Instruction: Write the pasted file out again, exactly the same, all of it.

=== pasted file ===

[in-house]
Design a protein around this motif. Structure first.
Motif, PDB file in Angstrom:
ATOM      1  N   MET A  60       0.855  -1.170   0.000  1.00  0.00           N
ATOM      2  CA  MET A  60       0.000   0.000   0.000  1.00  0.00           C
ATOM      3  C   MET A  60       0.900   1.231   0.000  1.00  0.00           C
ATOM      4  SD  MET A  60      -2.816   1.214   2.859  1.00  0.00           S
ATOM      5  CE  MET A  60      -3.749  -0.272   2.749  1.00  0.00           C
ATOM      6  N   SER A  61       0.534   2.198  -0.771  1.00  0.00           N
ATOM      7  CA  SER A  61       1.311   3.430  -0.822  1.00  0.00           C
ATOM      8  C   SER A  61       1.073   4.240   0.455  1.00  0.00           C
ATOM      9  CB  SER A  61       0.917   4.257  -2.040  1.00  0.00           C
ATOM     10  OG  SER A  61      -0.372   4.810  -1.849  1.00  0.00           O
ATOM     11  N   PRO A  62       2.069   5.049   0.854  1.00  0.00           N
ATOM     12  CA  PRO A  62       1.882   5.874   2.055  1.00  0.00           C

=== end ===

[in-house]
Design a protein around this motif. Structure first.
Motif, PDB file in Angstrom:
ATOM      1  N   MET A  60       0.855  -1.170   0.000  1.00  0.00           N
ATOM      2  CA  MET A  60       0.000   0.000   0.000  1.00  0.00           C
ATOM      3  C   MET A  60       0.900   1.231   0.000  1.00  0.00           C
ATOM      4  SD  MET A  60      -2.816   1.214   2.859  1.00  0.00           S
ATOM      5  CE  MET A  60      -3.749  -0.272   2.749  1.00  0.00           C
ATOM      6  N   SER A  61       0.534   2.198  -0.771  1.00  0.00           N
ATOM      7  CA  SER A  61       1.311   3.430  -0.822  1.00  0.00           C
ATOM      8  C   SER A  61       1.073   4.240   0.455  1.00  0.00           C
ATOM      9  CB  SER A  61       0.917   4.257  -2.040  1.00  0.00           C
ATOM     10  OG  SER A  61      -0.372   4.810  -1.849  1.00  0.00           O
ATOM     11  N   PRO A  62       2.069   5.049   0.854  1.00  0.00           N
ATOM     12  CA  PRO A  62       1.882   5.874   2.055  1.00  0.00           C